As the name suggests, guerilla marketing is a type of marketing heavily relying on the element of surprise. It can be something like a carefully choreographed flash mob, a stunt or graffiti in an unexpected place. There are endless possibilities for executing guerilla marketing strategy, but the main take is this: it’s important that it is unexpected and that involves the public reacting with the brand.
A great example of guerilla marketing is a very simple idea executed by GoldToe underwear company. While promoting their new type of underwear, they placed the underwear on the statues all across New York. People were buzzing about it; they were taking pictures and in doing so, creating a free advertisement for the brand. Not so bad for a pair of panties.
Picture 3. GoldToe underwear guerilla marketing example
The power of photography is unprecedented in marketing. It can capture customers’ attention faster than any slogan and leave a lasting impression. It’s no wonder that Instagram, an app heavily relying on visuals, has become one of the most popular social media platforms.
But how to incorporate photography into an experience? Try creating photo booths and place them in the location you know your customers visit. Add some visual props to further strengthen their association with the brand and watch as they take funny pictures and share their experience on social media.
Pop-up stores are a great way to make your customers fully emerged in everything your brand has to offer. Provide your customers with a unique experience of colors, smell, and taste and create your own world where customers can buy your products for a fraction of the cost or test out your new products or services.
Be careful, though, because in recent times, pop-up stores have become so frequent that it’s not longer enough just to set up your pop-up store and wait for customers to rush to you; you have to stand out. An excellent example of a pop-up store was made by Converse when launching their Renew Canvas collection, made out of recycled plastic bottles. They showcased their support for sustainability by creating a pop-up store entirely of reusable materials and hosted workshops on upcycling garments, further branding their new collection as eco friendly and sustainable.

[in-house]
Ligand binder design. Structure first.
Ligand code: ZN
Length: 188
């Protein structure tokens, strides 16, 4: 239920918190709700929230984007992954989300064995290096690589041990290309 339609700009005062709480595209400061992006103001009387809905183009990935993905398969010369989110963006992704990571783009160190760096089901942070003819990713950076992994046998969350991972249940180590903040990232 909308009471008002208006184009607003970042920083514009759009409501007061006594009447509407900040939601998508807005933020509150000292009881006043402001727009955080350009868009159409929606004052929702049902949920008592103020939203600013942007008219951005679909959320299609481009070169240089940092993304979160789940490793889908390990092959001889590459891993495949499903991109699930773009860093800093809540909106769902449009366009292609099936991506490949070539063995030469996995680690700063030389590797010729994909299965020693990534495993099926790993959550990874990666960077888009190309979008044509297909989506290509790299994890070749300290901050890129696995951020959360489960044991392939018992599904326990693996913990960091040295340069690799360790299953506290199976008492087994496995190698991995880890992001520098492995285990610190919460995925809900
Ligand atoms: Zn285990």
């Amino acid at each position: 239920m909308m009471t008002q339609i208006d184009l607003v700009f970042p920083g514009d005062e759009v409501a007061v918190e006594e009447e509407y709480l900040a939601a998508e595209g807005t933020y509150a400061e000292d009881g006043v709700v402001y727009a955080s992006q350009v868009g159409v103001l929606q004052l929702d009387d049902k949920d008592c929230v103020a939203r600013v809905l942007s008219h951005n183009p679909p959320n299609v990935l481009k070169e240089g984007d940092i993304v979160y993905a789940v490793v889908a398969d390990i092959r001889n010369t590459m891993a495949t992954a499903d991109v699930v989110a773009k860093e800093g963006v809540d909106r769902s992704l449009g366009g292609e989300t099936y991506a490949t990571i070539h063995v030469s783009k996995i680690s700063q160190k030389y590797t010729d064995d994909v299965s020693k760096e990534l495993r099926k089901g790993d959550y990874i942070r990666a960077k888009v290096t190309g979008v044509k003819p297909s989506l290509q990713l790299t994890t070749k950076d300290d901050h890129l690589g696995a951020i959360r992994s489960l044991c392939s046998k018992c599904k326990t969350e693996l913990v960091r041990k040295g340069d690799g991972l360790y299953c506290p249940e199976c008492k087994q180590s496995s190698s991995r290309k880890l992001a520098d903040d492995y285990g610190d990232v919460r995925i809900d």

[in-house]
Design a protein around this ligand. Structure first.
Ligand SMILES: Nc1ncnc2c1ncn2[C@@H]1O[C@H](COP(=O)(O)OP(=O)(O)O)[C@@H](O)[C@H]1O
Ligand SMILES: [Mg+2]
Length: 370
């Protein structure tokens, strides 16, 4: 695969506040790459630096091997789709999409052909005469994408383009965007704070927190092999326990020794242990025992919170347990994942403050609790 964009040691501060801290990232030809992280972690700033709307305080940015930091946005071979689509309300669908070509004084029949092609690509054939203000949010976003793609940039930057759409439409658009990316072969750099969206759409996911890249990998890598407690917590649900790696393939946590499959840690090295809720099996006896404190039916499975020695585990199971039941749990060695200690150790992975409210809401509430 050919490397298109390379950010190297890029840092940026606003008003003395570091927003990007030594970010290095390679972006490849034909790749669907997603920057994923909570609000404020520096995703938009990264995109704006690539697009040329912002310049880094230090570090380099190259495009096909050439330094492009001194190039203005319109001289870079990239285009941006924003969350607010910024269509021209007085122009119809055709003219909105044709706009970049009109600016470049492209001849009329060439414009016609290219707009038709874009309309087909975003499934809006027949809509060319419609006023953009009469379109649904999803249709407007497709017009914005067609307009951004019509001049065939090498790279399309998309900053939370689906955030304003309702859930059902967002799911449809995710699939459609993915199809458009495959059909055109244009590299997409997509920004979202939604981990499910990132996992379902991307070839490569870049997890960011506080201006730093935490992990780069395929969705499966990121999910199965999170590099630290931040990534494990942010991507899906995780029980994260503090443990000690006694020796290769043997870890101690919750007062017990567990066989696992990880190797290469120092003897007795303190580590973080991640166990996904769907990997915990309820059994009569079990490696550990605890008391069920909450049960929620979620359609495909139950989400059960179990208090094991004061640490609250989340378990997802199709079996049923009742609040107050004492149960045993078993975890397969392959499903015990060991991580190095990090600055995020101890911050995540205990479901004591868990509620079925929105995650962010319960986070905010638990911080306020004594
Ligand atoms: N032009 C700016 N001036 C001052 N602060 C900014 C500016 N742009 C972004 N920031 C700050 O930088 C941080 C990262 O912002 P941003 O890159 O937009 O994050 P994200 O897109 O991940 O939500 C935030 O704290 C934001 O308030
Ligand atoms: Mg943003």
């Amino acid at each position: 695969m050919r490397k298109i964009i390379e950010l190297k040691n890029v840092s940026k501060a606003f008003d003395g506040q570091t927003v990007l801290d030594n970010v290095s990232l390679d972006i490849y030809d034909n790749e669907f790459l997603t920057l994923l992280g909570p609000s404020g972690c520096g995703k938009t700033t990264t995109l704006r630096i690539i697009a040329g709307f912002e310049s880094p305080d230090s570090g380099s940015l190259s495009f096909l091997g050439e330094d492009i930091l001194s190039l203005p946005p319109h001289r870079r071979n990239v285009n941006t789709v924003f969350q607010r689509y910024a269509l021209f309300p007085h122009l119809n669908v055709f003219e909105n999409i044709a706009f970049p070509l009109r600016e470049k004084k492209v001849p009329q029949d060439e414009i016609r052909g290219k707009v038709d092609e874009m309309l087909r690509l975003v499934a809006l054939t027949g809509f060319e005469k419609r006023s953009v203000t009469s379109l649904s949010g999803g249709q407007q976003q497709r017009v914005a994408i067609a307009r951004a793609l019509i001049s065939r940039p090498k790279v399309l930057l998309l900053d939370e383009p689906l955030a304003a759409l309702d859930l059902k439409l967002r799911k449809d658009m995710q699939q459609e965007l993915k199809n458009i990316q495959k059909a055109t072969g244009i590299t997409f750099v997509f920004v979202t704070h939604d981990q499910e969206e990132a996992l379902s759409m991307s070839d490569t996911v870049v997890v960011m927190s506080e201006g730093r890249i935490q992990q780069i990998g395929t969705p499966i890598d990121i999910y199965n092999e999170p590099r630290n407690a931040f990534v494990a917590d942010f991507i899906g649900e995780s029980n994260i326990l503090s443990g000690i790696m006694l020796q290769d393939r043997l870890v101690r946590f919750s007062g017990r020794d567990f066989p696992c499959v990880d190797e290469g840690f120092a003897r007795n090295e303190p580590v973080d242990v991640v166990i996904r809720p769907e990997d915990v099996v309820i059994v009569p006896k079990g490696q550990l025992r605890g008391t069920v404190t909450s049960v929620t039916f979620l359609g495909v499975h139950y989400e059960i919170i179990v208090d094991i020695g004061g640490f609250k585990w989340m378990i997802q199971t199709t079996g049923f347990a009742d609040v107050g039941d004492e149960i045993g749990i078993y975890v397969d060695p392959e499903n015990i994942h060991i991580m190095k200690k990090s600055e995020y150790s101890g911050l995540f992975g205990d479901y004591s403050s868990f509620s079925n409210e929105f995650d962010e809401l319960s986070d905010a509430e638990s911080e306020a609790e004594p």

Event marketing is often mistaken with experiential marketing. While they are similar and often interchangeable, event marketing can be a live presentation of the product, for example, and offer limited customer interaction, whereas in experiential marketing, the primary purpose is to interact and engage with your customers.
Guinness had a great marketing campaign back in 2017. where they partnered with Tesco and offered their customers free tasting of their famous beer with the help of a VR setting. They had a virtual guide who helped them better understand what they were drinking and how drinks were made. They even included a cup with a built-in chip to upgrade their sensory experience. Talk about product sampling on a whole new level! Customers were immersed in the Guiness world, and got the chance to experience the product with all their senses. And that’s what experiential marketing is all about!
Picture 4. Guinness Uses VR To Enhance Sampling Experiences At Tesco
Though none of us could have predicted the year 2020 and events that will follow – social distancing making it hard for brands to create elaborate events and interact with their customers in the real world, there are still opportunities for experiential marketing.
We tried to give you some general information in this article and outlined some of the best practices and ideas in recent years, but in the end it all comes to this; understanding what your brand is all about and delivering that message to your customers. After all, the year is 2020 and nothing is impossible: a little technology and a great deal of creativity can go a long way.